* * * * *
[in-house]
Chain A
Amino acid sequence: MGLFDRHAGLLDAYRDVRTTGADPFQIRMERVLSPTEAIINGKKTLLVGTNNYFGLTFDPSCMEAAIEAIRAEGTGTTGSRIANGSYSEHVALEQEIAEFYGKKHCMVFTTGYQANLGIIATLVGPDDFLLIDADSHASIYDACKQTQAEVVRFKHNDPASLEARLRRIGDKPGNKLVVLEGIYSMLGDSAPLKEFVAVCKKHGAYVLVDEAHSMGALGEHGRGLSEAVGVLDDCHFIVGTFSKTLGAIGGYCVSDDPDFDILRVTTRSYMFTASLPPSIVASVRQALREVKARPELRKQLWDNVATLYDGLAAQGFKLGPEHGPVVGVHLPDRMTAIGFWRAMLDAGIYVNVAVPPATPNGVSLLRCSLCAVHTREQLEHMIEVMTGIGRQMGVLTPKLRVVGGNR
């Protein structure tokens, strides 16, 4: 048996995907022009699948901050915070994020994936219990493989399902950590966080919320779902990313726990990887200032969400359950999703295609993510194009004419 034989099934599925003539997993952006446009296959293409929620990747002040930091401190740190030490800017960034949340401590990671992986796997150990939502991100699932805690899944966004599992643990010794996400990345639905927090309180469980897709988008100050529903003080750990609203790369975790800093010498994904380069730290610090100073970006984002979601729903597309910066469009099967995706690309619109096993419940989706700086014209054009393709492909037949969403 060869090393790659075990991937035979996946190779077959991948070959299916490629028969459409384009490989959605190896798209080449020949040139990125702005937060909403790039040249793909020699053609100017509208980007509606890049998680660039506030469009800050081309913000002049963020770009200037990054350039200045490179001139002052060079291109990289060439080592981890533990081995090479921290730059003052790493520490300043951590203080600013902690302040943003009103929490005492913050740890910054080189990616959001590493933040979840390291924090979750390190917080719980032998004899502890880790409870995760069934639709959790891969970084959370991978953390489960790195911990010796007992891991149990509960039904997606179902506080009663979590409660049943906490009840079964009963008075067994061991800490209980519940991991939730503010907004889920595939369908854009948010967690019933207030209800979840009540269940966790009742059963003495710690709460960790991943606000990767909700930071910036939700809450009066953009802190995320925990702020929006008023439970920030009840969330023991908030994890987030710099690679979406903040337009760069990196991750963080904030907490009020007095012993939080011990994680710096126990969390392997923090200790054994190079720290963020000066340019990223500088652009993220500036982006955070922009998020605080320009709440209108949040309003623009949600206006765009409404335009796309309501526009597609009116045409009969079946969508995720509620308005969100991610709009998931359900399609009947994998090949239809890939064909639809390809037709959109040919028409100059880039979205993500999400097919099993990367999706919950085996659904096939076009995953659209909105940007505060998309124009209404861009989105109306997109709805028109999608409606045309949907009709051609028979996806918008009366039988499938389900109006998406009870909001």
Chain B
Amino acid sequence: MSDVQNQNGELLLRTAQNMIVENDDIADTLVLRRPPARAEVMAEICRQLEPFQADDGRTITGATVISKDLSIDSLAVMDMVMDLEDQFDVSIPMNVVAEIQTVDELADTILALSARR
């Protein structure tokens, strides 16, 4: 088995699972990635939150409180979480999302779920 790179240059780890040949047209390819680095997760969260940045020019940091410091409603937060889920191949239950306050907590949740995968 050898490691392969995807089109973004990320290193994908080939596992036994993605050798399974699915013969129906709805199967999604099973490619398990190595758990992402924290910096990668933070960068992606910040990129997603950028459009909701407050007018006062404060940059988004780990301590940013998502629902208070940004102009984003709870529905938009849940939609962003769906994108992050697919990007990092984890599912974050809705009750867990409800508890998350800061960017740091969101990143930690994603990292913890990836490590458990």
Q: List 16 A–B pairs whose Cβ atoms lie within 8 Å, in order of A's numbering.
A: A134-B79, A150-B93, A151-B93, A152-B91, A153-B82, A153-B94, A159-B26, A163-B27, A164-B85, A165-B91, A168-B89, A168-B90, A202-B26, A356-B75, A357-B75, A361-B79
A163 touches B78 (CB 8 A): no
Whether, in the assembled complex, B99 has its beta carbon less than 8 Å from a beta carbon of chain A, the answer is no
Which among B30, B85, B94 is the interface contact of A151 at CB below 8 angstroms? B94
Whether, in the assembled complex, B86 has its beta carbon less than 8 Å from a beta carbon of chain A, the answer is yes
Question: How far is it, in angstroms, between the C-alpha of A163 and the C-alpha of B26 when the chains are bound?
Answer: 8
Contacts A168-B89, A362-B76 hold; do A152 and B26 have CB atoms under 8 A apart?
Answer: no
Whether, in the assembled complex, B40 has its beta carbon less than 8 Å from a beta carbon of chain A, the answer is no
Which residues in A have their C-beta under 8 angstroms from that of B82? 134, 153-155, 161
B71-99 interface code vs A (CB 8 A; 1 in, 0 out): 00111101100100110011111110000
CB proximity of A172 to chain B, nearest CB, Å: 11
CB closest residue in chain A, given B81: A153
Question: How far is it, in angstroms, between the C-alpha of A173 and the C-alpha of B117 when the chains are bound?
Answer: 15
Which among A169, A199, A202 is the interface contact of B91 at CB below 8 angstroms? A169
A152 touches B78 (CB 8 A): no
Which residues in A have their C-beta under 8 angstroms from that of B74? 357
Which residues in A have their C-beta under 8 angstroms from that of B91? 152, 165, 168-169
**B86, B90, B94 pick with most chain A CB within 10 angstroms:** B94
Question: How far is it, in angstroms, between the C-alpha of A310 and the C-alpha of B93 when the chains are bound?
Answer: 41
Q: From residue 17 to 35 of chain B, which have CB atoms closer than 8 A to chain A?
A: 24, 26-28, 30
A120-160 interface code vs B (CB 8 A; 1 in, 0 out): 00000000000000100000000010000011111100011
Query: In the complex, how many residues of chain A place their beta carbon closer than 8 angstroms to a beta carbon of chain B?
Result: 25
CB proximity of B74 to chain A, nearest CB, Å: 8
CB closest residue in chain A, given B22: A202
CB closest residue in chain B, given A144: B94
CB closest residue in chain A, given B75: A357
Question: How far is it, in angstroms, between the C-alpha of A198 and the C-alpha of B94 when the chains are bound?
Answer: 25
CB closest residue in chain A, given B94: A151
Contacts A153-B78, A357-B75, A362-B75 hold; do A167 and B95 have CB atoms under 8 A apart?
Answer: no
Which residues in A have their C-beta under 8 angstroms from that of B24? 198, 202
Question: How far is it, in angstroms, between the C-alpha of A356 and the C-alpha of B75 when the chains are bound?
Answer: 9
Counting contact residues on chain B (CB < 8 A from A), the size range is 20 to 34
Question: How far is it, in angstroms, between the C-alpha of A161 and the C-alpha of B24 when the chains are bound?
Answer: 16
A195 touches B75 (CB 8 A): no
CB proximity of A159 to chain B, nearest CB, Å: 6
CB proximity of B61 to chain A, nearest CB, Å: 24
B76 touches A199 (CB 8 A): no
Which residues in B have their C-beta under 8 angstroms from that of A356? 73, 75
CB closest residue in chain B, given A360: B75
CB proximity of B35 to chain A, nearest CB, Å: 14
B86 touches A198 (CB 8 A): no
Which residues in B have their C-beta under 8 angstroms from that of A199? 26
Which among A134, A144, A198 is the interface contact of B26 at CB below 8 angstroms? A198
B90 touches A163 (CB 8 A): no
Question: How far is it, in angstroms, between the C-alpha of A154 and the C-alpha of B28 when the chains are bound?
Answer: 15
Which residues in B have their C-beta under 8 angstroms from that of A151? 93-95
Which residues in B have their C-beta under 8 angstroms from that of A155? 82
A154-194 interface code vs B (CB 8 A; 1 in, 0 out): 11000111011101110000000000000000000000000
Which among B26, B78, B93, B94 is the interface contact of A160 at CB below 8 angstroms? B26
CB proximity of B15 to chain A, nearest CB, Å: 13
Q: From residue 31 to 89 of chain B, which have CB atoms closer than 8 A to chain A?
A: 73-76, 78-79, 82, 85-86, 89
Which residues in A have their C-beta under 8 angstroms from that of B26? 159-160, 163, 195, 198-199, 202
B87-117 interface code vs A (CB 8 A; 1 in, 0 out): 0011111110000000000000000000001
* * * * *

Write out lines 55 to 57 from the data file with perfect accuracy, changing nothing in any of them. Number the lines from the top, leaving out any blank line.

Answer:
B76 touches A199 (CB 8 A): no
Which residues in B have their C-beta under 8 angstroms from that of A356? 73, 75
CB closest residue in chain B, given A360: B75